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|Title:||Efficiency of planning and design tools towards eco-friendly high-density community|
|Issue Date:||2017-08-10 15:47:39 (UTC+8)|
|Abstract:||High-density development in a city or community has been increasingly promoted in urban planning arena to achieve sustainable, ecological goals through impact on transportation behaviour and less per capita land consumption. Such high-density development to achieve region-wide ecological purpose, however, may have a negative ecological impact at the community level in terms of worsened natural light, wind, and the space needed for humans, animals, and vegetation to live healthily, and in turn affects the acceptance of high-density policy. One of the solutions to mitigating the negative impact may lie in the spatial arrangement of building mass and outdoor space since they determines the fundamental spatial characteristics in the community; however, few studies have been carried out in this area. This paper aims to present an inventory of urban planning and design tools for arranging building mass and open space, and to examine their impacts on some eco-friendly indexes. A real case of urban renewal site is applied for simulation analysis to assess the impacts of the planning tools, while in order to evaluate the general impact of each planning tool a hypothetical city is developed, where other factors can be controlled for. The results suggest that lowering the building coverage rate and increasing height-distance ratio are the two most efficient tools for improving the overall quality of eco-cities for the selected indexes. The efficiency of the tools in improving individual aspects of an eco-city, such as pedestrian-friendly environment, green space accessibility, adaptive capacity of CO2 absorption, and animal biodiversity are also gauged. These research findings can help improve the eco-city planning or design guidelines, which may work more effectively citywide in developing eco-city than the more labor-intensive case-based simulation review process, popular in many cities. © 2015 by Nova Science Publishers, Inc. All rights reserved.|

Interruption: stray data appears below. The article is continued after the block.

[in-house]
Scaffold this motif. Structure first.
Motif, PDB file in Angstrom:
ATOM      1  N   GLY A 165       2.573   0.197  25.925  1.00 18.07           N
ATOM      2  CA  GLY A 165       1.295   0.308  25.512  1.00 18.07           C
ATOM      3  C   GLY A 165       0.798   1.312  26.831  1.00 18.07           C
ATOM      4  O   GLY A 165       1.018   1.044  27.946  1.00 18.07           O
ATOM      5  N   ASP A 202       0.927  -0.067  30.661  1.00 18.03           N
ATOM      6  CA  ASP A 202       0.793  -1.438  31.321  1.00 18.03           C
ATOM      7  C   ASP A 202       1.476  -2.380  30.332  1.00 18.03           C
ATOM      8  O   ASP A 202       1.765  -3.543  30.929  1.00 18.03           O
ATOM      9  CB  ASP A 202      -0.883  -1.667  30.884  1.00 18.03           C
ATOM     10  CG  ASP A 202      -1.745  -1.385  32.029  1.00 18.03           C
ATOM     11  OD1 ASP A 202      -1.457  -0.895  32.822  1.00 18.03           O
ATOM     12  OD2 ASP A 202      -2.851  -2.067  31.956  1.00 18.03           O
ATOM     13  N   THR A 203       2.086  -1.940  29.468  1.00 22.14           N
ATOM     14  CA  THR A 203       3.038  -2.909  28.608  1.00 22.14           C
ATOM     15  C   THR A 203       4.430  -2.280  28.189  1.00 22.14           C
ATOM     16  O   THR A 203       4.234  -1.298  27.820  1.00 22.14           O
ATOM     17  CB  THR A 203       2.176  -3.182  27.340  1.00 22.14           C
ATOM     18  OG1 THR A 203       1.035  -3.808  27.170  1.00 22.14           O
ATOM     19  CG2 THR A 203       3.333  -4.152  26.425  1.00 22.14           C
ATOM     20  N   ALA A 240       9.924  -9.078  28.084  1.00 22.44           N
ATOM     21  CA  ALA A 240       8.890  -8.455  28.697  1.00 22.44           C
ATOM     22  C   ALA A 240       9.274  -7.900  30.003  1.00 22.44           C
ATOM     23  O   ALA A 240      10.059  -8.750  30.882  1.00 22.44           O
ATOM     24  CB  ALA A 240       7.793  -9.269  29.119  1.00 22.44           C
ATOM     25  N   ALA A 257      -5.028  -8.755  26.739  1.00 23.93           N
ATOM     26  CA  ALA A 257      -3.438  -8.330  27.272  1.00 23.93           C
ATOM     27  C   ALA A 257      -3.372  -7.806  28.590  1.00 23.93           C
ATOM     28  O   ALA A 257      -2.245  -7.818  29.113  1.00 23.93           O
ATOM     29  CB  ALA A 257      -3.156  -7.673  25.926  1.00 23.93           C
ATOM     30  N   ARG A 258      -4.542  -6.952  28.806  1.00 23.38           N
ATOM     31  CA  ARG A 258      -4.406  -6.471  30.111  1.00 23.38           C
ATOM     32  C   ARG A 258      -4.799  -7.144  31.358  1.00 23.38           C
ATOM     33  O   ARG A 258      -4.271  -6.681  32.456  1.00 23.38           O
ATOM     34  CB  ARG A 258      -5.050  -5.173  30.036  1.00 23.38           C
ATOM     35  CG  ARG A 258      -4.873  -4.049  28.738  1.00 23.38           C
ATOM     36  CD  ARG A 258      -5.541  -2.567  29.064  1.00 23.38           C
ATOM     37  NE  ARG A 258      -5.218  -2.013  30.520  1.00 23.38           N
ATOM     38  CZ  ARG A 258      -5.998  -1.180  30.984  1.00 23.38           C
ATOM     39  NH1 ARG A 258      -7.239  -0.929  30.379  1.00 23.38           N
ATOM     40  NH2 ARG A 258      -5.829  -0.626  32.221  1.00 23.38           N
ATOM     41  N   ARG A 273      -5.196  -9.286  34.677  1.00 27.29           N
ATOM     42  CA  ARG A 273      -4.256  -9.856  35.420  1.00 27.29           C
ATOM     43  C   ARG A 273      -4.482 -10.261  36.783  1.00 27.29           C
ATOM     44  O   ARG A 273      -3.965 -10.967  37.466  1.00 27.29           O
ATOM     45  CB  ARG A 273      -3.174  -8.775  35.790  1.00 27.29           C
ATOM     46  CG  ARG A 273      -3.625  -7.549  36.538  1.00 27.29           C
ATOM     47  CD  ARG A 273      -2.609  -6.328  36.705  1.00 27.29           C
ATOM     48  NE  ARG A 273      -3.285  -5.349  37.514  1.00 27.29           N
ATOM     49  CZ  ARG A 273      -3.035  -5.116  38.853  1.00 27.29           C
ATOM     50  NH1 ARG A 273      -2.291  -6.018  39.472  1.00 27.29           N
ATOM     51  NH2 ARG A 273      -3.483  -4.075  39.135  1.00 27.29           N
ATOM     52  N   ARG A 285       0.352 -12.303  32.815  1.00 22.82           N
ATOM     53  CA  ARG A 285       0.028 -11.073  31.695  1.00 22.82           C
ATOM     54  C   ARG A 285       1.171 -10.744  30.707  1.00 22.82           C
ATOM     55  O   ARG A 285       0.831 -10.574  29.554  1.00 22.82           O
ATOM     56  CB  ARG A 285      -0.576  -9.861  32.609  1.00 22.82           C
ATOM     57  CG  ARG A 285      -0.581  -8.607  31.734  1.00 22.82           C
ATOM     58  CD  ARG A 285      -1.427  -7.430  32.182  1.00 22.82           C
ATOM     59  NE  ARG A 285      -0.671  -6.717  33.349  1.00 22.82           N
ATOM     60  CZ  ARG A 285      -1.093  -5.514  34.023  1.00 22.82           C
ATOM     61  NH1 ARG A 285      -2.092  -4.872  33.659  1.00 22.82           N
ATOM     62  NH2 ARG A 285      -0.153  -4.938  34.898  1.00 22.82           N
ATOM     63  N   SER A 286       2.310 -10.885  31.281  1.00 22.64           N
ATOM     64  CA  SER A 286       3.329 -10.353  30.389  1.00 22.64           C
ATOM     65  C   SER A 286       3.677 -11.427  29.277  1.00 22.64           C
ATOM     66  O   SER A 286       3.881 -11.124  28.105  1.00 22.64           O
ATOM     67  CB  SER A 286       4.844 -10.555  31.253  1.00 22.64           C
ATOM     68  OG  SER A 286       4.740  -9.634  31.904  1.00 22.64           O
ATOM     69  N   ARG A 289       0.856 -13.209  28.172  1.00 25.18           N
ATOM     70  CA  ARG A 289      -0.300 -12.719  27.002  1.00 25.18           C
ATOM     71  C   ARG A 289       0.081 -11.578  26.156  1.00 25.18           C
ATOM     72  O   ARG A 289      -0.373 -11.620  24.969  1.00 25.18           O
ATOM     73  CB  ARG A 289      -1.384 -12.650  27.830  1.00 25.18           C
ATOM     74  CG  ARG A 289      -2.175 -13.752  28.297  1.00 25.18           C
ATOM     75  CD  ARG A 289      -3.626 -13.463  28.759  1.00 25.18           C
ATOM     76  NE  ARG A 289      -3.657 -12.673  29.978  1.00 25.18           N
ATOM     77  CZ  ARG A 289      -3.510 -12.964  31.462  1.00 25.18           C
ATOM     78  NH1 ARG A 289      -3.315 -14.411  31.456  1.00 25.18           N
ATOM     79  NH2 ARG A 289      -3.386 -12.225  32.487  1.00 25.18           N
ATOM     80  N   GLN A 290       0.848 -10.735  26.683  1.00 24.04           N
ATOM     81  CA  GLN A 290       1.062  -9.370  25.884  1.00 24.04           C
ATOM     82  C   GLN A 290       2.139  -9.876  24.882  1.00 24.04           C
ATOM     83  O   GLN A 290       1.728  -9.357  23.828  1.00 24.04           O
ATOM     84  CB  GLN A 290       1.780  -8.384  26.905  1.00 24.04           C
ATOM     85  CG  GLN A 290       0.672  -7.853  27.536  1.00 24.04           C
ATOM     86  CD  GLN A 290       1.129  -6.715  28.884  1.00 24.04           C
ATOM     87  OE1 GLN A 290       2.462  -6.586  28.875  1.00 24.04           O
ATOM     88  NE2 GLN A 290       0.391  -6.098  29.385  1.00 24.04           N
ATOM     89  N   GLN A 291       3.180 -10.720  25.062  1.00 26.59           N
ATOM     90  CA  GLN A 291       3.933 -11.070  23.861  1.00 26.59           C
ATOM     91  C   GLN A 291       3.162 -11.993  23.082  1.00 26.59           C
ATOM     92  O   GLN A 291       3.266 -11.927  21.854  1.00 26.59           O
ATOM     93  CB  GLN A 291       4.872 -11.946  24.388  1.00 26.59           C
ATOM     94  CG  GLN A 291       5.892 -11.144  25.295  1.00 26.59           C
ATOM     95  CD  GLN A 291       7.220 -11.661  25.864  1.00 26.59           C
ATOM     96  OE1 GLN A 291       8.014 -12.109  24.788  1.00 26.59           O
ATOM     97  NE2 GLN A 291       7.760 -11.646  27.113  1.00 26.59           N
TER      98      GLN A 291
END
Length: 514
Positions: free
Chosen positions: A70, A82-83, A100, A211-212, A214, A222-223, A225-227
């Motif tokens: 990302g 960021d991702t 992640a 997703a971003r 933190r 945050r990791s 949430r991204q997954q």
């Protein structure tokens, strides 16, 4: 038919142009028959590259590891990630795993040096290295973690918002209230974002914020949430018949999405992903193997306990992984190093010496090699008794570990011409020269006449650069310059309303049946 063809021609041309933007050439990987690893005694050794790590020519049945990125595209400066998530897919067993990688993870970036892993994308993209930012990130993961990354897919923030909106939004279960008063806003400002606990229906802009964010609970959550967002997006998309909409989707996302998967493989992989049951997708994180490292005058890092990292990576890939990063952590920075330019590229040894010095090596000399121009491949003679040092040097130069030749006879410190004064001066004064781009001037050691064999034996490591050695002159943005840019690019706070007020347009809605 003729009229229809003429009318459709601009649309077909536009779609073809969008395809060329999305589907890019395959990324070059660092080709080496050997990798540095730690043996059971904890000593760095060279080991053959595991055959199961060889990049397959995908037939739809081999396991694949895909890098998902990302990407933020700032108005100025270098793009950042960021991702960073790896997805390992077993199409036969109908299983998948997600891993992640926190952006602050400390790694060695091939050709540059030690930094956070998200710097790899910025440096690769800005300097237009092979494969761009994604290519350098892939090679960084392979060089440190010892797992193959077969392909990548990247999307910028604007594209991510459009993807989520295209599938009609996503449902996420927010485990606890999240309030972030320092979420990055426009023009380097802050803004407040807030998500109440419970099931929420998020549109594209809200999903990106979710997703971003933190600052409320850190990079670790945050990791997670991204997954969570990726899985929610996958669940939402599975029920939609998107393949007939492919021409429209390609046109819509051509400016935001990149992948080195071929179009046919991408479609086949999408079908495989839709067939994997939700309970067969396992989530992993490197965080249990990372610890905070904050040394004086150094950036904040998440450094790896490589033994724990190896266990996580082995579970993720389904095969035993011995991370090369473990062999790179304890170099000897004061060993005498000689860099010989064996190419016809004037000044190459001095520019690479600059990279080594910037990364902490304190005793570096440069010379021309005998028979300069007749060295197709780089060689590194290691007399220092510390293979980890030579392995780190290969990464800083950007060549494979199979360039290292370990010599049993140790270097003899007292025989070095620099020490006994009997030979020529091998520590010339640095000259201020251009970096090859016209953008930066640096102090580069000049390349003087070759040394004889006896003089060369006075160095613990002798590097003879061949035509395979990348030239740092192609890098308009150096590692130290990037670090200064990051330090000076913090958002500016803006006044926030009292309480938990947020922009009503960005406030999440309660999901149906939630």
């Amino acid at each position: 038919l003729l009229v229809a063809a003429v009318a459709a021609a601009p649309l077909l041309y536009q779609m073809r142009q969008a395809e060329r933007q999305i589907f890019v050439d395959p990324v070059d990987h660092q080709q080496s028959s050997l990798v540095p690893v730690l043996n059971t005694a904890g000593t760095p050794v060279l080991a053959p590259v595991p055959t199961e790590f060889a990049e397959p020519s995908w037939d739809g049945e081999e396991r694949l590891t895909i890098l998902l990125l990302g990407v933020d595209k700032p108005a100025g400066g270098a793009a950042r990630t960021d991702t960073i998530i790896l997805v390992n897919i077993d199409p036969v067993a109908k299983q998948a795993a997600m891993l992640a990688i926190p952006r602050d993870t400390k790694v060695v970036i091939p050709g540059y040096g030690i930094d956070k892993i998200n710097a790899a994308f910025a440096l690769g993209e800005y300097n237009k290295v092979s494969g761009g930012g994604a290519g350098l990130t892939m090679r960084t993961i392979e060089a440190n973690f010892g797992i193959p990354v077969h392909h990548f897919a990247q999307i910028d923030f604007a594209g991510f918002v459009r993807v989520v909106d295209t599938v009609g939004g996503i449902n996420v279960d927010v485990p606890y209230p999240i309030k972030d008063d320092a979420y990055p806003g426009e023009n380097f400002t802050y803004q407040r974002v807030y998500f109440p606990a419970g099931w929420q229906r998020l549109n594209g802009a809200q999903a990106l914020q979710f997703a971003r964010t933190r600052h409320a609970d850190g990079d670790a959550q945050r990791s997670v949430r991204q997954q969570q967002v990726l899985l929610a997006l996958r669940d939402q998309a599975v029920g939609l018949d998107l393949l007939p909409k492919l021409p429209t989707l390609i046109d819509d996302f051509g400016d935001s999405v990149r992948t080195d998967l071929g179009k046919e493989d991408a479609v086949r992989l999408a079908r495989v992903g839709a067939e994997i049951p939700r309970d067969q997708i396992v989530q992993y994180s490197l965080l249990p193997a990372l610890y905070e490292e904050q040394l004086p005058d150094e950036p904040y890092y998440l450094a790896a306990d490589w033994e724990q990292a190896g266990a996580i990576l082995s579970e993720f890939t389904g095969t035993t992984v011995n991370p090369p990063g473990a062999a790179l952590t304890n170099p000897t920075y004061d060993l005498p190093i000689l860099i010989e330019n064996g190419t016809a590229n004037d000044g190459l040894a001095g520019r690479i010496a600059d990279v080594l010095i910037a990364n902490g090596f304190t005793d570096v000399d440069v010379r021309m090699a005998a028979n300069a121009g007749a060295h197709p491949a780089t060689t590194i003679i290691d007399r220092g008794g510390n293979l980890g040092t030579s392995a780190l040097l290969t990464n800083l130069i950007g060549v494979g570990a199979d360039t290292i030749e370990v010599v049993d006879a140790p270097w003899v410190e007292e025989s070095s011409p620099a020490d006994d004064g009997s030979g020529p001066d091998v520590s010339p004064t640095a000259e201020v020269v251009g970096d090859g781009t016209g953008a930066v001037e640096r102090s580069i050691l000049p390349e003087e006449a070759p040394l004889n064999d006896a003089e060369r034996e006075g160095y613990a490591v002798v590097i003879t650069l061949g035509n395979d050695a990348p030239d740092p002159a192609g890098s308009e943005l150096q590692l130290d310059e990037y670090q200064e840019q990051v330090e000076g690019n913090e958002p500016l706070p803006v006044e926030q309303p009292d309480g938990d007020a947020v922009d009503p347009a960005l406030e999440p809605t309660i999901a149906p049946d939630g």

|Relation:||Urban and Built Environments: Sustainable Development, Health Implications and Challenges, 107-158|
|Appears in Collections:||[Department of Land Economics ] Books & Chapters in Books|
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